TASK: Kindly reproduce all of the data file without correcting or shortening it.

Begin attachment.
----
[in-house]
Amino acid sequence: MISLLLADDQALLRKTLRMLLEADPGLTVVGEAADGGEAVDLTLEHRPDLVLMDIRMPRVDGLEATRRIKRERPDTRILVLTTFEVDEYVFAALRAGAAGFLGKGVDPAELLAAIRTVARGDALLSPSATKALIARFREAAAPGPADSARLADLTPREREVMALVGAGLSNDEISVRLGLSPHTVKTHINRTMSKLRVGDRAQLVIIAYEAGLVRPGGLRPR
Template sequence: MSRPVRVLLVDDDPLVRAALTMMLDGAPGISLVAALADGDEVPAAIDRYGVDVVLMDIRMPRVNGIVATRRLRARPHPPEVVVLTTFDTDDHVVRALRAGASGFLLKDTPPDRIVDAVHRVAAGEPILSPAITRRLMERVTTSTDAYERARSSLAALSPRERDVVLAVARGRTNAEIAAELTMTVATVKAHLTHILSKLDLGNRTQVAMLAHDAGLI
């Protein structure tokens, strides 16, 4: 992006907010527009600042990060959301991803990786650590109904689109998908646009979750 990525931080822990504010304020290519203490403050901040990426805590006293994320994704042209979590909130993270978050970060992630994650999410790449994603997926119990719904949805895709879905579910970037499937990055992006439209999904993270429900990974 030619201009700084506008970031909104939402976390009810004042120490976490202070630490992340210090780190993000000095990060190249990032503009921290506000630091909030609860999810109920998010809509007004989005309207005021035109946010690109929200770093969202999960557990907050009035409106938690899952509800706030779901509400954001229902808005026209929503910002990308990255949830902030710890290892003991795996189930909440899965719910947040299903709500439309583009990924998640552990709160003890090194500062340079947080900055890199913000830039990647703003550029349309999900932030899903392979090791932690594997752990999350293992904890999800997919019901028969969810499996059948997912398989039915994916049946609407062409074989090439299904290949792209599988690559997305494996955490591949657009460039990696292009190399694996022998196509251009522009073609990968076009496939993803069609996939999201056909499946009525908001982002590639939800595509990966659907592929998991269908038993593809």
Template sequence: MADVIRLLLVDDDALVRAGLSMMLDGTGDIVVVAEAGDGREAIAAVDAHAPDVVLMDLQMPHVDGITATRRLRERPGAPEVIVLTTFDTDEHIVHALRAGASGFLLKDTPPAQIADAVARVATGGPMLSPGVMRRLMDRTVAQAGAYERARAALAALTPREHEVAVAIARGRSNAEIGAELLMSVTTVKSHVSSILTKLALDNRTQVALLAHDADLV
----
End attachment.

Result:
[in-house]
Amino acid sequence: MISLLLADDQALLRKTLRMLLEADPGLTVVGEAADGGEAVDLTLEHRPDLVLMDIRMPRVDGLEATRRIKRERPDTRILVLTTFEVDEYVFAALRAGAAGFLGKGVDPAELLAAIRTVARGDALLSPSATKALIARFREAAAPGPADSARLADLTPREREVMALVGAGLSNDEISVRLGLSPHTVKTHINRTMSKLRVGDRAQLVIIAYEAGLVRPGGLRPR
Template sequence: MSRPVRVLLVDDDPLVRAALTMMLDGAPGISLVAALADGDEVPAAIDRYGVDVVLMDIRMPRVNGIVATRRLRARPHPPEVVVLTTFDTDDHVVRALRAGASGFLLKDTPPDRIVDAVHRVAAGEPILSPAITRRLMERVTTSTDAYERARSSLAALSPRERDVVLAVARGRTNAEIAAELTMTVATVKAHLTHILSKLDLGNRTQVAMLAHDAGLI
């Protein structure tokens, strides 16, 4: 992006907010527009600042990060959301991803990786650590109904689109998908646009979750 990525931080822990504010304020290519203490403050901040990426805590006293994320994704042209979590909130993270978050970060992630994650999410790449994603997926119990719904949805895709879905579910970037499937990055992006439209999904993270429900990974 030619201009700084506008970031909104939402976390009810004042120490976490202070630490992340210090780190993000000095990060190249990032503009921290506000630091909030609860999810109920998010809509007004989005309207005021035109946010690109929200770093969202999960557990907050009035409106938690899952509800706030779901509400954001229902808005026209929503910002990308990255949830902030710890290892003991795996189930909440899965719910947040299903709500439309583009990924998640552990709160003890090194500062340079947080900055890199913000830039990647703003550029349309999900932030899903392979090791932690594997752990999350293992904890999800997919019901028969969810499996059948997912398989039915994916049946609407062409074989090439299904290949792209599988690559997305494996955490591949657009460039990696292009190399694996022998196509251009522009073609990968076009496939993803069609996939999201056909499946009525908001982002590639939800595509990966659907592929998991269908038993593809």
Template sequence: MADVIRLLLVDDDALVRAGLSMMLDGTGDIVVVAEAGDGREAIAAVDAHAPDVVLMDLQMPHVDGITATRRLRERPGAPEVIVLTTFDTDEHIVHALRAGASGFLLKDTPPAQIADAVARVATGGPMLSPGVMRRLMDRTVAQAGAYERARAALAALTPREHEVAVAIARGRSNAEIGAELLMSVTTVKSHVSSILTKLALDNRTQVALLAHDADLV